Eddie Keane’s Nut Burgers
Valerie O’connor has spent the last six months on a whole-food, plant-based diet but finds that eating in restaurants now has become really boring — though tasty options are straightforward with a bit of imagination
AS A teenage vegetarian who just did it to annoy my parents, I ate my way through a lot of bean burgers made from a packet.
You mixed the powdered stuff up with an egg and water and made them into burger shapes. They were delicious and saved me, even though I was eating lots of salmon and tuna because, as we all know, fish is a vegetable.
It’s now six months since I decided to become a social pariah and take the plantbased path. I did not choose this path, it was strongly recommended to me by a naturopath I had gone to see to try and reduce my very high dose of thyroid medication — which was being upped every time I went to see the doctor.
Thyroid problems are rife in this country and the cause is unknown; some say lack of iodine, some say it’s the fluoride and all say you have go on medication for the rest of your life. I was advised to go vegan, mainlybecause of what’s in the industrial meat chain — watch the documentary What the Health on Netflix for the gorey details. I won’t go into that here, as it would even turn you off your chiaseed pudding.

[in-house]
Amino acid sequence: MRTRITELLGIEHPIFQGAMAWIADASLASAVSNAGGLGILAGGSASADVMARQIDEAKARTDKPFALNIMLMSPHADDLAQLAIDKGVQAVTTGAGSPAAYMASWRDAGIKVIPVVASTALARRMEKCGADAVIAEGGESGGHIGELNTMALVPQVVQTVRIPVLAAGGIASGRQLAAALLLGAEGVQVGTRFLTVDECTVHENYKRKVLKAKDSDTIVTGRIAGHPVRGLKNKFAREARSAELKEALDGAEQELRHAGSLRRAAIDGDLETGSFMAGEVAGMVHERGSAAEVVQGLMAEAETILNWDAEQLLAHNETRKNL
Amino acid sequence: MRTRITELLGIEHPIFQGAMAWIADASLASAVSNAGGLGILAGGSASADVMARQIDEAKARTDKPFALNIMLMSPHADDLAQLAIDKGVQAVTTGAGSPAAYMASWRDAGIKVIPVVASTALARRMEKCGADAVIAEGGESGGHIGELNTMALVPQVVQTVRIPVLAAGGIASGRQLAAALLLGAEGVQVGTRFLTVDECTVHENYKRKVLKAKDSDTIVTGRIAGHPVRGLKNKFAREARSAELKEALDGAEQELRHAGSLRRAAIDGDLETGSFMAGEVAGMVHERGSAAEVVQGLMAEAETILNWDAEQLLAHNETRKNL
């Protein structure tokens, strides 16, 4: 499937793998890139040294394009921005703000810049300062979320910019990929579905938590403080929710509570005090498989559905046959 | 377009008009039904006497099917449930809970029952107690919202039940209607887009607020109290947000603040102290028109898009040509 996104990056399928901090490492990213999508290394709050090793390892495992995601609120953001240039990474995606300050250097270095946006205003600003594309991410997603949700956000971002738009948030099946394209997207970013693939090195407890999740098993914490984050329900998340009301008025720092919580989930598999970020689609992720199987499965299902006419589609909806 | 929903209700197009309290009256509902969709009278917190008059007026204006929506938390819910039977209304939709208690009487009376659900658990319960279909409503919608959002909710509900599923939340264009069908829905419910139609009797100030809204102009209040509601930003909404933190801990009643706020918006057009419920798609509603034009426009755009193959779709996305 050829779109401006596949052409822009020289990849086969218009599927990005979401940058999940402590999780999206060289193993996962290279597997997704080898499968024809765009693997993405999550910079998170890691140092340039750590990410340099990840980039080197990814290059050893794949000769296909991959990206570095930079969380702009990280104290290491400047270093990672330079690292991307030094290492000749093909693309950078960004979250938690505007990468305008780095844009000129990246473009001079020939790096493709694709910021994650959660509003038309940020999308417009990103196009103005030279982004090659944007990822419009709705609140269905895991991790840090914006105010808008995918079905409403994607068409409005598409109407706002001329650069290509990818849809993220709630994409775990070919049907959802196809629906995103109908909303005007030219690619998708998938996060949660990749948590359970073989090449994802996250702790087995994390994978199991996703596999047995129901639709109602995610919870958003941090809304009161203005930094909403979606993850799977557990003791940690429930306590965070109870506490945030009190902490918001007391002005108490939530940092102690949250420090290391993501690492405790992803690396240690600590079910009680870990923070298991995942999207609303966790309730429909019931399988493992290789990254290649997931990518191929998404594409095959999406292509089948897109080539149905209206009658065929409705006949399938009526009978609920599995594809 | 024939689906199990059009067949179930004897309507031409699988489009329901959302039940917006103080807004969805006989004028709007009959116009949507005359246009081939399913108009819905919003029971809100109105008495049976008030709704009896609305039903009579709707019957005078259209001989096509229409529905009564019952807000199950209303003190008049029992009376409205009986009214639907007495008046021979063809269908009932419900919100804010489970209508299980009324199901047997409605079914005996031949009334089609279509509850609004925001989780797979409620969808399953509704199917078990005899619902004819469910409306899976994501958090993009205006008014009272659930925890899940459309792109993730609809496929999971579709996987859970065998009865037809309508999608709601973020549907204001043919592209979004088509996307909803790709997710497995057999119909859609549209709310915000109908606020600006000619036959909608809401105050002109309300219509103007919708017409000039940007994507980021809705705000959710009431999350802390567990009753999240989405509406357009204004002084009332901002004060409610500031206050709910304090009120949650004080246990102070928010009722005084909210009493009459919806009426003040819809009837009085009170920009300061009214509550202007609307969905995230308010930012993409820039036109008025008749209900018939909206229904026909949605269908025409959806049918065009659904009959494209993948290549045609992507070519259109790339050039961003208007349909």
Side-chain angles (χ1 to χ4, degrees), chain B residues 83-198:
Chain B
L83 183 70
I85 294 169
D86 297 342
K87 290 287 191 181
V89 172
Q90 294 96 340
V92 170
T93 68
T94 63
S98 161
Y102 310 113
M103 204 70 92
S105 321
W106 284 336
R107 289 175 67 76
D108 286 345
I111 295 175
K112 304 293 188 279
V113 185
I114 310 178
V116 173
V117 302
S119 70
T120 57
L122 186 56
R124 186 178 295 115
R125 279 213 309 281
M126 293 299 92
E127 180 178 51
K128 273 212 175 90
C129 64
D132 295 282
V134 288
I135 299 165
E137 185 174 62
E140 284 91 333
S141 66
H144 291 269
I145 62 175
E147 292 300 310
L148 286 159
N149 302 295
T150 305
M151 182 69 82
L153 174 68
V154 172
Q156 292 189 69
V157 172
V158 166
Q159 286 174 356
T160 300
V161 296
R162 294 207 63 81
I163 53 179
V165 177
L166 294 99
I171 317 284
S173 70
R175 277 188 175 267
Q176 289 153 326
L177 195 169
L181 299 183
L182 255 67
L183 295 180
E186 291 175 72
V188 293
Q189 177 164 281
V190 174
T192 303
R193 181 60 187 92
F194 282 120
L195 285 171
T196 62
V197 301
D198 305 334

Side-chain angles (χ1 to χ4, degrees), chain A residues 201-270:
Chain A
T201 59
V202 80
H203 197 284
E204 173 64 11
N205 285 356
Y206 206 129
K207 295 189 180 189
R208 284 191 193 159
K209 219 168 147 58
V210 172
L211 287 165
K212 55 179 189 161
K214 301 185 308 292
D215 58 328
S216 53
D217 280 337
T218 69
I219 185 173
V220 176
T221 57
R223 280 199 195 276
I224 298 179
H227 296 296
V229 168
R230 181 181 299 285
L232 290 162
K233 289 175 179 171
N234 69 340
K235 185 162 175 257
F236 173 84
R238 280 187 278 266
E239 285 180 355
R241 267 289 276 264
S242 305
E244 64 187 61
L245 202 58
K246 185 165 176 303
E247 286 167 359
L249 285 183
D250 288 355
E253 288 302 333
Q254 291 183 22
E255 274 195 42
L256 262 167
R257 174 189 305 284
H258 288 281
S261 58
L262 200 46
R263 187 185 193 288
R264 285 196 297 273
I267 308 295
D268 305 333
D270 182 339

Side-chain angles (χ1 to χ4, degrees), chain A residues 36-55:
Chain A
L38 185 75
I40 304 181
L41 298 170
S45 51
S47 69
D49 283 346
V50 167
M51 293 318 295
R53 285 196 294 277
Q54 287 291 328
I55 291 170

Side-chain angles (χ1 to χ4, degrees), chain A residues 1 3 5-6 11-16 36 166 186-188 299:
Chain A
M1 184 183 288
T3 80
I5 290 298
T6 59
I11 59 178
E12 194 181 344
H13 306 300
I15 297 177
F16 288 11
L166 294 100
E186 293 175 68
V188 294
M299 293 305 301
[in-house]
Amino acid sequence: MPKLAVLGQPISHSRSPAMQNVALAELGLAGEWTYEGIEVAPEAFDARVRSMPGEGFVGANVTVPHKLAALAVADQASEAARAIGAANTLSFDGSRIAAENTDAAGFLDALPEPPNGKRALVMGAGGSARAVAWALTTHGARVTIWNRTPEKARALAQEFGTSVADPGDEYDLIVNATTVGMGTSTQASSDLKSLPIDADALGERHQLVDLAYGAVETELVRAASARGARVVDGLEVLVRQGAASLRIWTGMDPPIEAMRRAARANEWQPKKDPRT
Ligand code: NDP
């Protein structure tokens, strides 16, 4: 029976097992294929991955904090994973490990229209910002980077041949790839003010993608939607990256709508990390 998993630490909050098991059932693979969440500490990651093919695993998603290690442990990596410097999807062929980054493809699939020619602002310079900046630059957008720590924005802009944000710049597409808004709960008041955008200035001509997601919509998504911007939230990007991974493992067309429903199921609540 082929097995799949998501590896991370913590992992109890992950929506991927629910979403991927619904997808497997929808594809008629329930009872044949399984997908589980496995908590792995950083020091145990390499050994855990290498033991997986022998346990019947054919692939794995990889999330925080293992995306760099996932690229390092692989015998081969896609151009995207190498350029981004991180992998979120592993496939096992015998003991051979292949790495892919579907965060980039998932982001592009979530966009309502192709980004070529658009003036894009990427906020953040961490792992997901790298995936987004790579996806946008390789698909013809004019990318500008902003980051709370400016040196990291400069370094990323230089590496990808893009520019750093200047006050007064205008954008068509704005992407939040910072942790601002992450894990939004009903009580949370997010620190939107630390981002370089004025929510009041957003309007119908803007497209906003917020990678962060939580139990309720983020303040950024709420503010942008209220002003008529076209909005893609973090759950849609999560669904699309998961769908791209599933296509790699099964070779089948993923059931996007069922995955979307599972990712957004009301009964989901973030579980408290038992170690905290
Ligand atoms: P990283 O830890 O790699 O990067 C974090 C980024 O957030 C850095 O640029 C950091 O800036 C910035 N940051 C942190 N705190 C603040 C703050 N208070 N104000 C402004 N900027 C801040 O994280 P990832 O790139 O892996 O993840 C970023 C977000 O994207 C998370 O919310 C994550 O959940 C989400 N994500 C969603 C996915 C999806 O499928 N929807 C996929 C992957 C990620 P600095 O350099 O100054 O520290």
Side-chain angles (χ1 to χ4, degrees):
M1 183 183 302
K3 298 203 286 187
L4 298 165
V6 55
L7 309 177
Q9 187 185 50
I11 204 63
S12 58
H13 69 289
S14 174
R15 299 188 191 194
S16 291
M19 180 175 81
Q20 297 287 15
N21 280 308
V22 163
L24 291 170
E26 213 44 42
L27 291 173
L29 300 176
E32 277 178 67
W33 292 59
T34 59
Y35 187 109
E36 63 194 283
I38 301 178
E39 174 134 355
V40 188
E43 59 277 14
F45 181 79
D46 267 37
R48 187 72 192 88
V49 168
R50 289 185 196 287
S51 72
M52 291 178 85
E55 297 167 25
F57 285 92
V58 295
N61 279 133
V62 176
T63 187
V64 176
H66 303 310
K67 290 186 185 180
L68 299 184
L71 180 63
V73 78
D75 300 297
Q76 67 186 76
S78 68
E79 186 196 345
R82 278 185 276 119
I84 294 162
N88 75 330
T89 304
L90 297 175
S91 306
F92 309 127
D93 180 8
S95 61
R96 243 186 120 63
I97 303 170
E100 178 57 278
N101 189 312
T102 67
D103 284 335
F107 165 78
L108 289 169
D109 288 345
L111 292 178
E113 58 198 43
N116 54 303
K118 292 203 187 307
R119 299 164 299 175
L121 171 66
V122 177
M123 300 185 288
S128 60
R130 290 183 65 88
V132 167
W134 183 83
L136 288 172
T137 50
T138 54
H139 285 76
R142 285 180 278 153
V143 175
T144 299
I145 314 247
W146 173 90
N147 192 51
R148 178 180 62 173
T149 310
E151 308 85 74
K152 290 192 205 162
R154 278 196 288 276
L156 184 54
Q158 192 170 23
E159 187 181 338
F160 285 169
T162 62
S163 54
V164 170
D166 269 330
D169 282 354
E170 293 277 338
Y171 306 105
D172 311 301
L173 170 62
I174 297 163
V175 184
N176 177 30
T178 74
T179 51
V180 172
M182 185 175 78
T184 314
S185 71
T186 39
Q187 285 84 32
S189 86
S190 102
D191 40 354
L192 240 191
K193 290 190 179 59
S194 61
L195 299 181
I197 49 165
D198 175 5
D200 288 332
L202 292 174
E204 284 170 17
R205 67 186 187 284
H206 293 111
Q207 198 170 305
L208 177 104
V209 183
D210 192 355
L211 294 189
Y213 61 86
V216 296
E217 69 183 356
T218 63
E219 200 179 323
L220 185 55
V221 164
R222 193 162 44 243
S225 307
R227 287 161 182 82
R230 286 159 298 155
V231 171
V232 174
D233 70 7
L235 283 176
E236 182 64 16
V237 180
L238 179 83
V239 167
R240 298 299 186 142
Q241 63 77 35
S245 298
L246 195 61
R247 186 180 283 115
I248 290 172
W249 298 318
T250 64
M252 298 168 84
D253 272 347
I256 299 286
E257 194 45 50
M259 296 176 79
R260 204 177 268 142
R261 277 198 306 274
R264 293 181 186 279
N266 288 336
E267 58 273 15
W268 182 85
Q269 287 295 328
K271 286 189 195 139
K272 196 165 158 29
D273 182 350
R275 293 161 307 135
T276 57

Meat is easy, throw it on the pan and cook it, turn it over and cook it some more and then eat it. Throw on a bit of broccoli and you’re paleo. I was almost paleo before this and the contrast couldn’t be more great, I believed I was doing the best for myself and my family by eating meat at every meal and often more than once a day.
Just over six months on a whole-food, plant-based diet, I feel better than before. Chronic sinusitis that had me at the doctor regularly begging for prescriptions and horsing into antihistamines is not a thing that I miss. Also, not having pain in my face anymore is a freedom I can’t describe. My skin is better (people tell me so), and I get no muscle pains when I work hard at the gym.
The trainer believes this is nothing to do with being meat-free — but tell that to the many athletes who perform better without animals in their veins. I am now fully off my medication but please take note — this was done under the supervision of a skilled naturopath who works through food, herbs and homeopathy, it’s not just the diet.
Also, I asked for the approvalandconsentofmygp every time I made an incremental reduction and got a full set of blood tests done. Giving up medication willynilly is never a good idea — so seek professional advice and guidance.
Meanwhile, I love to go out and celebrate landmark happy occasions but, as I am now vegan and chefs welcome vegans with the enthusiasm of hearing you have a sexually transmitted disease, eating in restaurants is just really boring now.
On a recent trip to eat out to mark a big birthday for my son, we two vegans (my eldest son is also on the plants) were offered a salad, a risotto and a vegan meringue. So that’s a lot of expensive, unimaginative baby-food with no texture and lot of sugar.
Chefs are meant to be creative people, they go on about seasonal and local ingredients, but it’s all hot air. What can be more seasonal and local than the abundance of great vegetables we have at this time of year, the amazing mushrooms that don’t need to be ruined in a risotto? To the average fish and chips and chowder cook, cooking without animals, is like sex without orgasm; why would you bother?